ECPs are meant to prevent pregnancy, not end one. The effects of ella on a pregnancy aren’t known, so for safety, you shouldn’t use it if you’re already pregnant. ECPs that contain levonorgestrel don’t work during pregnancy and won’t affect a pregnancy.
Effects of weight on ECP effectiveness
All emergency contraceptive pills, regardless of type, appear to be much less effective for obese women. In clinical trials of women using ECPs, women with a body mass index of 30 or greater became pregnant more than three times as often as non-obese women. Ulipristal acetate (ella) may be more effective for overweight or obese women than ECPs that contain levonorgestrel.
That said, the best choice of emergency contraception for women who are overweight or obese is the copper IUD. The effectiveness of the copper IUD used as emergency contraception is greater than 99% for women of any weight.
Risk with cardiovascular problems
Some women’s doctors may have told them not to use birth control pills because they are at risk of stroke, heart disease, blood clots, or other cardiovascular problems. However, using an ECP is different from using birth control pills. One-time use of emergency contraceptive pills does not carry the same risks as taking oral contraceptives every day.
If your healthcare provider has said you should absolutely avoid estrogen, you can probably still use one of the ECPs or the copper IUD. However, you should talk with your doctor about which contraception options are safe for you.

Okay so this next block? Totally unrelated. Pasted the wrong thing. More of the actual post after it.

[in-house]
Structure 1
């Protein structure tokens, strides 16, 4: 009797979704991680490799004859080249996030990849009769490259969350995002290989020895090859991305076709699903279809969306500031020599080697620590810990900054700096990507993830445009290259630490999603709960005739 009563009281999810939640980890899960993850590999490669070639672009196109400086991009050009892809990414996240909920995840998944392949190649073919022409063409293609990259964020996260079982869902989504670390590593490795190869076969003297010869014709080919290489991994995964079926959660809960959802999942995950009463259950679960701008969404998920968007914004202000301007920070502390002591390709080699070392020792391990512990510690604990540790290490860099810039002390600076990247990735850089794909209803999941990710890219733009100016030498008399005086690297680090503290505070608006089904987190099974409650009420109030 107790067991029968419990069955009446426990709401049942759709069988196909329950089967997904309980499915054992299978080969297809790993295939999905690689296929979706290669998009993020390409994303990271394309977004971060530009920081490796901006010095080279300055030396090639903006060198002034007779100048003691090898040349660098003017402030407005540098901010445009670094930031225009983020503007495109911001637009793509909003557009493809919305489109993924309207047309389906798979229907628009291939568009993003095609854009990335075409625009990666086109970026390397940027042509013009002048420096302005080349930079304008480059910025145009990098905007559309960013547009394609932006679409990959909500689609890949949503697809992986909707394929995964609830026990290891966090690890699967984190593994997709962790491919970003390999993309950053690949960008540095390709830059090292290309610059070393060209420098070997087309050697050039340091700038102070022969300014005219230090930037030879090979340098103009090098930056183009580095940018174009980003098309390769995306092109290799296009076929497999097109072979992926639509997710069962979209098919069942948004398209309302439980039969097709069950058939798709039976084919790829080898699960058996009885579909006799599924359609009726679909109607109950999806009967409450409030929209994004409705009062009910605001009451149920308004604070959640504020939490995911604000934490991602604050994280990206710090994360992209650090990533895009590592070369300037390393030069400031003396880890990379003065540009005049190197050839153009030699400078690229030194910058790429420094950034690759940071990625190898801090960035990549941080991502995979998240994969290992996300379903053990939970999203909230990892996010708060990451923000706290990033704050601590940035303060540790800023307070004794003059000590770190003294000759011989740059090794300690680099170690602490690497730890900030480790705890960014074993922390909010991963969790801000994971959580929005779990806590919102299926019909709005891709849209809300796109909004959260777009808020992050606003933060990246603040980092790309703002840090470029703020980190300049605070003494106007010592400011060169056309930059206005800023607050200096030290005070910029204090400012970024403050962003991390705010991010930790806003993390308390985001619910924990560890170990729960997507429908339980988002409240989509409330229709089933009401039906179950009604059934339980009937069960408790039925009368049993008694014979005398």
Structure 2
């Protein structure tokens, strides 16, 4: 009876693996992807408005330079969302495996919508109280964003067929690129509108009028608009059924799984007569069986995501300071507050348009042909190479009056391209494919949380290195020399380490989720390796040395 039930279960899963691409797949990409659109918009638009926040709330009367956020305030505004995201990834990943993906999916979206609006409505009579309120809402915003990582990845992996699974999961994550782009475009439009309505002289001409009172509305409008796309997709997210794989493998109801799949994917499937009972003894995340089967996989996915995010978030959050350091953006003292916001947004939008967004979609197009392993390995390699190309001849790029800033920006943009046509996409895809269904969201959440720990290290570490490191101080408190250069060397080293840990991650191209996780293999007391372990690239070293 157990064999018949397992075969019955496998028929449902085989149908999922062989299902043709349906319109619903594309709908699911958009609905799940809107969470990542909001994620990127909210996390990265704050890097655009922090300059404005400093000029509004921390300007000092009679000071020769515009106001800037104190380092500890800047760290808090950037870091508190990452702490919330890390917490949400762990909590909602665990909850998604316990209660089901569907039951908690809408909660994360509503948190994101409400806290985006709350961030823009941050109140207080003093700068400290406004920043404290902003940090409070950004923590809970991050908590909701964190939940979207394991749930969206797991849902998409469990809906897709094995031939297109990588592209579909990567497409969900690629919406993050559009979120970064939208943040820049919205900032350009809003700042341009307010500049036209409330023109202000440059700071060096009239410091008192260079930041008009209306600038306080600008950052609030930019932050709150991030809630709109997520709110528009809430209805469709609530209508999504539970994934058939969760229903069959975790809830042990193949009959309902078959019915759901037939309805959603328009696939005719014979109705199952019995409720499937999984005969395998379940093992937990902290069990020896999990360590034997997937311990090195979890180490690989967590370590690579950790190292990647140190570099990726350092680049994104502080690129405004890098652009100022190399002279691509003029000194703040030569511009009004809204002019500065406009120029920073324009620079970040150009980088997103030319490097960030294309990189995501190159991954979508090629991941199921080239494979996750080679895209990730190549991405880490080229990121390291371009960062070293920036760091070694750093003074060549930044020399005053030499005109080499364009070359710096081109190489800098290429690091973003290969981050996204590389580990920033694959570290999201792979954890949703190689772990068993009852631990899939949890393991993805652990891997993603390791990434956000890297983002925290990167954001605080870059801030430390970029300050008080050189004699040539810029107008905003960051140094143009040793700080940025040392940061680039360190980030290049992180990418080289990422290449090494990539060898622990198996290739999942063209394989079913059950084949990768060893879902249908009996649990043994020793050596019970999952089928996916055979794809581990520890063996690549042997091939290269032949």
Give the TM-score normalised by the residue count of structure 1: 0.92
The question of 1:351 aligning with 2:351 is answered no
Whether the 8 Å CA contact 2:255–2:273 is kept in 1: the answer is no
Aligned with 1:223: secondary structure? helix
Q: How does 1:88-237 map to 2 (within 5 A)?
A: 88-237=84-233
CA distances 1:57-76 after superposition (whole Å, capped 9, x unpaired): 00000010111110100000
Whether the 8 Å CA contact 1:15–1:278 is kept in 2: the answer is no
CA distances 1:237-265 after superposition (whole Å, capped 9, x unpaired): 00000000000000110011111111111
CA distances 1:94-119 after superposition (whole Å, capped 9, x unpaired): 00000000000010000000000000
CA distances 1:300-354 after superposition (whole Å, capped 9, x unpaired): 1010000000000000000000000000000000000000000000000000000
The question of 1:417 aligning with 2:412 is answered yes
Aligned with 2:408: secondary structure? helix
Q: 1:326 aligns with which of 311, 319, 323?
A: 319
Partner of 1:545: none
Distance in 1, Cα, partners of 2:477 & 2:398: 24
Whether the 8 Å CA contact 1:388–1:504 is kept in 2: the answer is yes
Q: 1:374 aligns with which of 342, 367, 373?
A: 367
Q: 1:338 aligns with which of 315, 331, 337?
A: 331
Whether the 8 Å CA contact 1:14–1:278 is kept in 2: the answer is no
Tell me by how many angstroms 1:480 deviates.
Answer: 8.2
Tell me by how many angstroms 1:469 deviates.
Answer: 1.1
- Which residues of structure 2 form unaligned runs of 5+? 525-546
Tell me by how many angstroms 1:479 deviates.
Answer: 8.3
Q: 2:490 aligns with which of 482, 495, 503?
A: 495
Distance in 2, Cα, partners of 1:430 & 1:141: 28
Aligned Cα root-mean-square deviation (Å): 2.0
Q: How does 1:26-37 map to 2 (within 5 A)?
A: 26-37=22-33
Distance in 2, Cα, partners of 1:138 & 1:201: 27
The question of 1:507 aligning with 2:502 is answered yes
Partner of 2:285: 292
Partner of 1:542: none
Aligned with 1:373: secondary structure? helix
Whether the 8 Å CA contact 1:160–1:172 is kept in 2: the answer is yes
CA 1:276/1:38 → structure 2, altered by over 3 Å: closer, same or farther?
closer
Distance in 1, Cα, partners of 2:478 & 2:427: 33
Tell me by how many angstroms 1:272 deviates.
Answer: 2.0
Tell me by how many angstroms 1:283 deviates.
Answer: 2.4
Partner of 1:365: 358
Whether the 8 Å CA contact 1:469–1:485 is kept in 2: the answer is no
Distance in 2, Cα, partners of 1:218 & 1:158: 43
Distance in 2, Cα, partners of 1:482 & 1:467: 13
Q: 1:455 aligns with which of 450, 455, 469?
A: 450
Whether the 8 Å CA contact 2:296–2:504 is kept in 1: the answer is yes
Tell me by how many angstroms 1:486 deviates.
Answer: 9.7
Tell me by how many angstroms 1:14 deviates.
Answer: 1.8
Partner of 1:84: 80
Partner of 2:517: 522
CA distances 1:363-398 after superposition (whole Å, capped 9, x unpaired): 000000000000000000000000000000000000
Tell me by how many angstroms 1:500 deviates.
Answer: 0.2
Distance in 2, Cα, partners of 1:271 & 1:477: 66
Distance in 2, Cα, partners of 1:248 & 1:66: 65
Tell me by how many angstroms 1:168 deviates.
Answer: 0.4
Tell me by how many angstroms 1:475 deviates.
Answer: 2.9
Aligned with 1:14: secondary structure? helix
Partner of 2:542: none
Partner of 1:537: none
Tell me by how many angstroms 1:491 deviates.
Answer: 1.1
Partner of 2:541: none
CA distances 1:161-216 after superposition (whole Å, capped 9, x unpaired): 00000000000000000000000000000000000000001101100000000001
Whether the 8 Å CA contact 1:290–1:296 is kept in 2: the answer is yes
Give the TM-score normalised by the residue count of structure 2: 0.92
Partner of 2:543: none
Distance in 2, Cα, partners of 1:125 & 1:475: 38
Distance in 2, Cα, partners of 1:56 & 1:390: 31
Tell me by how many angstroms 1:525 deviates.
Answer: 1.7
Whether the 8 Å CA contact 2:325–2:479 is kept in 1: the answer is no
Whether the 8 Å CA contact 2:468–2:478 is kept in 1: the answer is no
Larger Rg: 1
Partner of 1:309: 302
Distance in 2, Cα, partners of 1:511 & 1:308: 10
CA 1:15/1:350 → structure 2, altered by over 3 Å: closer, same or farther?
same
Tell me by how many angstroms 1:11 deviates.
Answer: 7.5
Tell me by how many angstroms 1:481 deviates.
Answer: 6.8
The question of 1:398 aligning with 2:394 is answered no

Birth control pills as emergency contraception
Regular birth control pills that contain levonorgestrel plus an estrogen may be used as emergency contraception. For this method, you would need to take a certain number of these pills shortly after you have unprotected sex. Be sure to talk with your doctor to get their approval and specific instructions before using this method.
Emergency contraception comes as two types of hormonal pills, available under various brand names, and as a nonhormonal intrauterine device (IUD). Women with certain health conditions may not be able to use these methods. However, emergency contraceptives are generally safe for most women.
If you still have questions about emergency contraception, talk to your doctor. Questions you may want to ask could include:
- What type of emergency contraception do you think would work best for me?
- Do I have any health conditions that would make emergency contraception unsafe for me?
- Am I taking any drugs that might interact with ECPs?
- What kind of long-term birth control would you suggest for me?
What are the side effects of emergency contraception?
Both forms of emergency contraception typically have minor side effects. The most common side effects of the copper IUD are pain in your abdomen and irregular periods, including increased bleeding.
The more common side effects of ECPs include spotting for a few days after use, and an irregular period the next month or two. Some women may have nausea and vomiting after taking ECPs. If you vomit shortly after taking an ECP, call your doctor. You may need to take another dose. If you have any other side effects that concern you, call your doctor.Answers represent the opinions of our medical experts. All content is strictly informational and should not be considered medical advice.